Feb. 20: Microsoft and Facebook take over international relations

Is Zuck’ running for world president?
Facebook CEO Mark Zuckerberg published a lenghty text (on Facebook) laying out his vision for the future of his company / the world. In this all-hands-on-deck manifesto, he discusses a very wide-ranging series of topics, framing Facebook as a global community-enabling tool in an age where “across the world there are people left behind by globalization, and movements for withdrawing from global connection.” Seemingly trying to address this fragmentation-globalisation tension, he offers 5 very lofty goals for his company:

  1. Building supportive communities: groups will become more like Pages, with audience metrics that “group leaders” (like politicians) can use to grow the groups they manage
  2. Building safe communities: Facebook will do more to prevent, help during and recover from safety disasters, using AI to make sense out of weak signals harder to detect elsewhere
  3. Building informed communities: they are working on filter bubbles and fake news but want to focus more on news sensationalism and polarization to avoid taking formal editorial roles
  4. Building civically-engaged communities: Facebook will continue incentivizing people’s participation in their democratic processes and connect with their representatives
  5. Building inclusive communities: with community standards, “the approach is to combine creating a large-scale democratic process to determine standards with AI to help enforce them.”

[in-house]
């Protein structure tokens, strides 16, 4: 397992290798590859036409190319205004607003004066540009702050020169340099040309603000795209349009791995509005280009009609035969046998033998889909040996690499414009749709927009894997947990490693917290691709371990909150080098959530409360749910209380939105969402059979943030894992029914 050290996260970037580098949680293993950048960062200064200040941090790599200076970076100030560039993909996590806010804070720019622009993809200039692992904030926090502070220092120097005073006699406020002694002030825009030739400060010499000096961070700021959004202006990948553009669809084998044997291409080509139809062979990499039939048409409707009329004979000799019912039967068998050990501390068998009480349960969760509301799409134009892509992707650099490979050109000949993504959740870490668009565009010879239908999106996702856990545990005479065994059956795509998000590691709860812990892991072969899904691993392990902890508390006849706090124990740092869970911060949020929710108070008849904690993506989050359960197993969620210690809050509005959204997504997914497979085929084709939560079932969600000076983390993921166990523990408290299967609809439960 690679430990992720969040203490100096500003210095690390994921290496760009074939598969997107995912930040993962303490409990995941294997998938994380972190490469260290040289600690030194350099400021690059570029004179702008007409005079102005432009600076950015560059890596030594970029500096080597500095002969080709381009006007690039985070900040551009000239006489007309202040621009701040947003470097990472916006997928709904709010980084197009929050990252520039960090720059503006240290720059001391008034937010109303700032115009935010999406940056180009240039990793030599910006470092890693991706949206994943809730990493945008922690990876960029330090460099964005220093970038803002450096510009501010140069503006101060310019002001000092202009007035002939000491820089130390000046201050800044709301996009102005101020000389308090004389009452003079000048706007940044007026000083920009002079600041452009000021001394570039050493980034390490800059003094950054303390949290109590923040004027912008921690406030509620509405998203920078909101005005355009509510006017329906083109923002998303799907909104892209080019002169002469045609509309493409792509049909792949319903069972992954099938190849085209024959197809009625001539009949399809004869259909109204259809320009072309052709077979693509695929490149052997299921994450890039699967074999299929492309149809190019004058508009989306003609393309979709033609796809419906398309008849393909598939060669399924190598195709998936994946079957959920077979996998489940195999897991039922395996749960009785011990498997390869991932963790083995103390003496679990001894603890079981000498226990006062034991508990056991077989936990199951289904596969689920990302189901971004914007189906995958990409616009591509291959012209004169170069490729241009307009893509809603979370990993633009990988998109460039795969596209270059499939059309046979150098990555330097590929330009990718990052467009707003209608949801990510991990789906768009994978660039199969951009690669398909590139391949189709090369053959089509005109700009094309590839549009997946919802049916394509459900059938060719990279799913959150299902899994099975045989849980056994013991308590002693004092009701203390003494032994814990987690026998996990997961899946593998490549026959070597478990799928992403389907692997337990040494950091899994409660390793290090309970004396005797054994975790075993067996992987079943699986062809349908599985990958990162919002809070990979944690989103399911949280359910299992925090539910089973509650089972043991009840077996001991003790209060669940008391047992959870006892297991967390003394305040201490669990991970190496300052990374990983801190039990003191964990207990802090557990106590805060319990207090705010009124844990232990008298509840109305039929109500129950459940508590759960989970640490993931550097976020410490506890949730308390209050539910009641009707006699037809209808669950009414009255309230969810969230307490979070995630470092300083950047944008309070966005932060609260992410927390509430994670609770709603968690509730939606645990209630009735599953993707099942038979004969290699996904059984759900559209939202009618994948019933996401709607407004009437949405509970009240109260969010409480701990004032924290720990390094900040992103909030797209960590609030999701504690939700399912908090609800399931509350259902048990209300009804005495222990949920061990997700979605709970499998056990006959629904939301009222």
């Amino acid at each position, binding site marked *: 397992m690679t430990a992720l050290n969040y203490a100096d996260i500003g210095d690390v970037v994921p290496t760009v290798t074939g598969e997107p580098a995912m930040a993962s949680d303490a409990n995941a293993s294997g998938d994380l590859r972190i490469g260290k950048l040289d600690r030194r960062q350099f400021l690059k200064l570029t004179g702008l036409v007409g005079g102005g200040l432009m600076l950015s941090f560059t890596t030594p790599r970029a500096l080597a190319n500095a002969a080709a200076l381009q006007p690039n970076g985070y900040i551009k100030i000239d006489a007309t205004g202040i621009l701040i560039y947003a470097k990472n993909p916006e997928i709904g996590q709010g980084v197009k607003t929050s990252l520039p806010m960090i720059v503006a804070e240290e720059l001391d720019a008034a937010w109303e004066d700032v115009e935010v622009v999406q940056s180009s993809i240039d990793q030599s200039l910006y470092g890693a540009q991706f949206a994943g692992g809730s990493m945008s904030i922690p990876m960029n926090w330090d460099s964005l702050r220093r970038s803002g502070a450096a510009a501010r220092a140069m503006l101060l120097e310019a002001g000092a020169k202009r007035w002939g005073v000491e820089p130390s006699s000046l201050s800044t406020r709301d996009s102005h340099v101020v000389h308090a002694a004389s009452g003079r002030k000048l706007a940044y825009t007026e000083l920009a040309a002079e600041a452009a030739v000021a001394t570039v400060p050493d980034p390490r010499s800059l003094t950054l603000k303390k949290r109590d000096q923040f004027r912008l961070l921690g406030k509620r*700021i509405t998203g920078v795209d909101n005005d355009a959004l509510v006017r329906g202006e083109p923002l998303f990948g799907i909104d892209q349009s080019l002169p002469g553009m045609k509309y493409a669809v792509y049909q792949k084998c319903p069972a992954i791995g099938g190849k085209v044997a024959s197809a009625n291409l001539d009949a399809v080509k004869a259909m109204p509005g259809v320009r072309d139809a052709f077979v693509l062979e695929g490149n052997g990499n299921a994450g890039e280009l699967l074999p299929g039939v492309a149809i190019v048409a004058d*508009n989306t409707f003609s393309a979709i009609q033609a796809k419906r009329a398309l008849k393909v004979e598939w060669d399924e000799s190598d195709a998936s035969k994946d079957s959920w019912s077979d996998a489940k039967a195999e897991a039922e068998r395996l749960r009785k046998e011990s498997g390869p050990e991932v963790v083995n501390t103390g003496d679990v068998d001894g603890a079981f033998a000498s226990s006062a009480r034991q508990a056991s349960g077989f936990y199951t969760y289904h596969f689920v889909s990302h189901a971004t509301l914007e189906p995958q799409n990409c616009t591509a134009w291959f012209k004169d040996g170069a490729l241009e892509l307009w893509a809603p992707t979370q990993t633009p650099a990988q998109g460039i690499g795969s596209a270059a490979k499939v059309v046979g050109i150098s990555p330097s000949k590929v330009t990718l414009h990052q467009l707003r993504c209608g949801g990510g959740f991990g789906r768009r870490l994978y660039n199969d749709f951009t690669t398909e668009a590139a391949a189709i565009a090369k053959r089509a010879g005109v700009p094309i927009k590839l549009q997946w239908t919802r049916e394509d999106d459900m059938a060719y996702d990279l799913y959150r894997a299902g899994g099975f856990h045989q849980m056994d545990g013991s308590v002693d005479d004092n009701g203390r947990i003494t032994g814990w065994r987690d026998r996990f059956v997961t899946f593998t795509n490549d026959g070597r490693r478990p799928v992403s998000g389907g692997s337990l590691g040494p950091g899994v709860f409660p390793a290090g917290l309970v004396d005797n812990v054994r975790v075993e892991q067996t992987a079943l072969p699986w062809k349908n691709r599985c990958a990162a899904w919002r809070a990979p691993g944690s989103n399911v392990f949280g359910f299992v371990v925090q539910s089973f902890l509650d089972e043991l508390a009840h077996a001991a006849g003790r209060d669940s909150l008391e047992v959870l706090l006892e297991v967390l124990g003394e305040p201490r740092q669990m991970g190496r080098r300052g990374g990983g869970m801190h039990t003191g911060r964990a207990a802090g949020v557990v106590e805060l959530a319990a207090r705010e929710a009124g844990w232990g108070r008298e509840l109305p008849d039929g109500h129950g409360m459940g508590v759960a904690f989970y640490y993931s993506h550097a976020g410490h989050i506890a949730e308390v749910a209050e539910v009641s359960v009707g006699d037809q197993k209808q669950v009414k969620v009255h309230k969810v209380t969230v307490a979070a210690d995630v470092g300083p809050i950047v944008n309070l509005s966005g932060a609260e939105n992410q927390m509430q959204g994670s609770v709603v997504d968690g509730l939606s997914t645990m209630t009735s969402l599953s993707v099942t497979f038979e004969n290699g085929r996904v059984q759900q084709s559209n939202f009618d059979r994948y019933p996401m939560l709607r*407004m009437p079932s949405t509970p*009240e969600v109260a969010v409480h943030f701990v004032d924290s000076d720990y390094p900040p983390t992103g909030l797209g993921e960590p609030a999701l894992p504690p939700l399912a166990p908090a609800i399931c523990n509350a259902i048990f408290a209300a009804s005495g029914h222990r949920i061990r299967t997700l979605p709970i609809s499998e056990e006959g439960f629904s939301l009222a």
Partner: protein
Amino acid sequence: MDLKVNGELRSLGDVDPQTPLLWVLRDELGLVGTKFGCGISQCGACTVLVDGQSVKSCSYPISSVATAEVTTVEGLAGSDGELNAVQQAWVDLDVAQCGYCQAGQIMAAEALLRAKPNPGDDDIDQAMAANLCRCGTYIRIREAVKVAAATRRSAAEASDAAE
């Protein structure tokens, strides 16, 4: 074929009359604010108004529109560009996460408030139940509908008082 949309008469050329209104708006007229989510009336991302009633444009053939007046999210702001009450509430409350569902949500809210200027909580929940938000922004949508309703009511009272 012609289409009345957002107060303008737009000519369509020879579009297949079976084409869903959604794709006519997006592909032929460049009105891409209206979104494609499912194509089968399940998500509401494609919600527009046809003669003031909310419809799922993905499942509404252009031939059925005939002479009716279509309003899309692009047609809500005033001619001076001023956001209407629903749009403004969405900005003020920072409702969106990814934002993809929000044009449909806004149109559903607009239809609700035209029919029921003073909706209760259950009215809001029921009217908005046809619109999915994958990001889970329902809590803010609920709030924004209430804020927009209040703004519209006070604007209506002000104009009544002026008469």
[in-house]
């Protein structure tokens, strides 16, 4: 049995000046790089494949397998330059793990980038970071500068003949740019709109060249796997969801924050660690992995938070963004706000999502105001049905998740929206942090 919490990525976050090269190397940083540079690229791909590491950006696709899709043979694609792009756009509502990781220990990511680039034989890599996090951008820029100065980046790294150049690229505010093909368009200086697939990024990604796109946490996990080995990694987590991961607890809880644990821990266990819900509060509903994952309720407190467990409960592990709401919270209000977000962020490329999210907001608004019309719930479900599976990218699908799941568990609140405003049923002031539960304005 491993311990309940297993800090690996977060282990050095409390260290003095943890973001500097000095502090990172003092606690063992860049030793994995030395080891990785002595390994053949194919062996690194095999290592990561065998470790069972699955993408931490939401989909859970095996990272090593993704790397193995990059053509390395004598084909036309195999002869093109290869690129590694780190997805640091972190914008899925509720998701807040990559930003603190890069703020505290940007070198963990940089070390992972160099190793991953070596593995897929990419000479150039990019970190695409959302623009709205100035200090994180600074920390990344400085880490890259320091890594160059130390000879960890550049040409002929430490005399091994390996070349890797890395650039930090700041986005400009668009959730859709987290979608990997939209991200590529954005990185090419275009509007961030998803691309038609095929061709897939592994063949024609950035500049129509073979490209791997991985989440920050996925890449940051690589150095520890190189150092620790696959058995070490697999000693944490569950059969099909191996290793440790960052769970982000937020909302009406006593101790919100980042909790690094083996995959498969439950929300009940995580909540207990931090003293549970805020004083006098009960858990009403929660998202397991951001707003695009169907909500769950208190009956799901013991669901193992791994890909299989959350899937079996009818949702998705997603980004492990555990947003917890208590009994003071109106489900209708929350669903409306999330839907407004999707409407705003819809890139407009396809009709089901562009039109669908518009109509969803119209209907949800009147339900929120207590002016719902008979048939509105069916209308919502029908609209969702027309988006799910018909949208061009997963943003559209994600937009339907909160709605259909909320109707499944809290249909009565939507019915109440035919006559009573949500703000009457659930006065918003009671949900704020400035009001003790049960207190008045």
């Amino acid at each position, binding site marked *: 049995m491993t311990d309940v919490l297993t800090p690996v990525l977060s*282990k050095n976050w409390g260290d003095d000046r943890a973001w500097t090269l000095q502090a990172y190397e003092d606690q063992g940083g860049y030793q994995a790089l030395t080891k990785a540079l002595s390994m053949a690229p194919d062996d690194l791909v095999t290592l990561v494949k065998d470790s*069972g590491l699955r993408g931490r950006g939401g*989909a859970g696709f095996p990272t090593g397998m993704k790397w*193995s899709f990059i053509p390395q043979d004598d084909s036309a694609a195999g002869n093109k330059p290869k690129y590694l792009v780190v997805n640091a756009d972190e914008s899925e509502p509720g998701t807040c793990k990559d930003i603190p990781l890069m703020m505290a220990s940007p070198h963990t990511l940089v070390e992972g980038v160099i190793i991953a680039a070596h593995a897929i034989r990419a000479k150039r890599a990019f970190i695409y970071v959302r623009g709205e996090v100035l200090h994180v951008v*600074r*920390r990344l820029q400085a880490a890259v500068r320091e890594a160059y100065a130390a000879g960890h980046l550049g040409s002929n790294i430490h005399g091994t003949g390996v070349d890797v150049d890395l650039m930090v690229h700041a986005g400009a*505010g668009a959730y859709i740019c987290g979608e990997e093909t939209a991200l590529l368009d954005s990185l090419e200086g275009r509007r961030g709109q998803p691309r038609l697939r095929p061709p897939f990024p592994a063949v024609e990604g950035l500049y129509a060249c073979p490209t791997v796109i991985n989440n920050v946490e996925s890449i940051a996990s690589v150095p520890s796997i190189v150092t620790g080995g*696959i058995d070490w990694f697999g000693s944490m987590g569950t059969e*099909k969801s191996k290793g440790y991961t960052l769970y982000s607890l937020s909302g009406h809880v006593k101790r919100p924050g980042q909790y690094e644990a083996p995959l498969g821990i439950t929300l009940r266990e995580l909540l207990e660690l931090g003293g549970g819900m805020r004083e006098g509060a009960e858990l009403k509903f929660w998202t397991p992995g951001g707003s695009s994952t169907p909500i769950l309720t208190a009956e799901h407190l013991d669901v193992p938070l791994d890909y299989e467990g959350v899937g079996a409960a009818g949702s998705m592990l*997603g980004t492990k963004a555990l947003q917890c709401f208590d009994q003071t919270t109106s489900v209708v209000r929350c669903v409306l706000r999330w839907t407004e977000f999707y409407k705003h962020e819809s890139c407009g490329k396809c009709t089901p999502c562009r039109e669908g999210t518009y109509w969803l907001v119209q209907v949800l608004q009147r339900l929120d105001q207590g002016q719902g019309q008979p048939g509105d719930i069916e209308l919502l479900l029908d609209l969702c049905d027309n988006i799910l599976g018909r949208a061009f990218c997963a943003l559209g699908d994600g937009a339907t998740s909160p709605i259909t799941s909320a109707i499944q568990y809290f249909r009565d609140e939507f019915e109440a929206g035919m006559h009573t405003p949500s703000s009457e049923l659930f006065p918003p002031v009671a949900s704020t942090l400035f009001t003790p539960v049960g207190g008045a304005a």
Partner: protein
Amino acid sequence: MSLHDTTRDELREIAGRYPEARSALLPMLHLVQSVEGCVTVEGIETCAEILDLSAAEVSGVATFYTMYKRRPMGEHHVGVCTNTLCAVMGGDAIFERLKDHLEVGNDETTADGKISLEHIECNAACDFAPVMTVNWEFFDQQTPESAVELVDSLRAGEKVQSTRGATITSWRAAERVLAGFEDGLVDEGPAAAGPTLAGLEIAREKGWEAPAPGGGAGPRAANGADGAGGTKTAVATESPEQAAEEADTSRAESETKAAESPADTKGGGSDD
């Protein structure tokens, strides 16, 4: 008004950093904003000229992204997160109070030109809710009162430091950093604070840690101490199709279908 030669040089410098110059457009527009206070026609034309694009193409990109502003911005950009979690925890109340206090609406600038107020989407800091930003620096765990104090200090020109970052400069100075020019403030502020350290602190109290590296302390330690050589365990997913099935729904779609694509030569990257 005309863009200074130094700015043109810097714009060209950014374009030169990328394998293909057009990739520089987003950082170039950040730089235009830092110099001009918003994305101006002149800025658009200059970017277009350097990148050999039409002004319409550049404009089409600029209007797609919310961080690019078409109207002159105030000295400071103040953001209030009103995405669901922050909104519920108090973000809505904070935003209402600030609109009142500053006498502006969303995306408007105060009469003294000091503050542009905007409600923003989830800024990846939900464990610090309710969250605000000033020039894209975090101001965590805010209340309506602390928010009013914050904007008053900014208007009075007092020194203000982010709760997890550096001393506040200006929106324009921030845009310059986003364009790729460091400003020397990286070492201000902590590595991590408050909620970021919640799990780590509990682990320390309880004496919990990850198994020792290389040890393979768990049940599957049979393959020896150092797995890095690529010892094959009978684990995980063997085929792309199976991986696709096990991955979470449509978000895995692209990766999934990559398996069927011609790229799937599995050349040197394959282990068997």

Predictable backlash after Zuck’s Manifesto
“Facebook is already a for-profit form of social infrastructure” writes The Guardian, which interrogates the competing interests between the monetary incentives of the platform and the government-like role of social-fabric architect Facebook wants to play. A controversy started because in an earlier version of the post, Zuckerberg claimed he wanted to use AI to “identify risks that nobody would have flagged at all, including terrorists planning attacks using private channels” – a position that would be quite contradictory with his support for end-to-end encryption (Mashable). NextInpact (in French) points out the contradiction between Facebook’s criticism of the failures of the news industry (sensationalism and polarization) when its Newsfeed algorithm has overwhelmingly shaped these trends. In any case, the piece is full of claims that Facebook can do better and there’s more work to do combined with undefined promises that AI will be the solution to most of these problems. If this is Zuckerberg’s first step in the political arena, he’s already adopted the standards of that community: he’s long on promises, but short on concrete proposals.


Microsoft’s Digital Geneva Convention
It is quite telling of the current geopolitical state of the world that Microsoft would release in the same week than Facebook’s another policy proposal tackling part of the same issues: “we now need a Digital Geneva Convention that will commit governments to protecting civilians from nation-state attacks in times of peace” writes Brad Smith (Microsoft). As Facebook’s, Microsoft post is lofty and lengthy, but instead of starting from an apparently blank slate, Microsoft’s strategy does a much better job at relying on international efforts towards addressing this fragmentation-globalization tension. This is not surprising given that Microsoft in the past couple of years stepped up to its international responsibilities and tried to build a diplomatic team to sync agendas with governments around the world. Security Week rightly points out that this vision has been laid out in an academic paper in 2016 called An organizing model for cybersecurity norms development. Eugene Kaspersky, writing for Forbes, wholeheartedly agrees. Of course the proposal is still naive and nascent, but it’s much less concerning – and much less criticized – than Facebook’s.


Have a Pokemon-infected Monday!

Hugo

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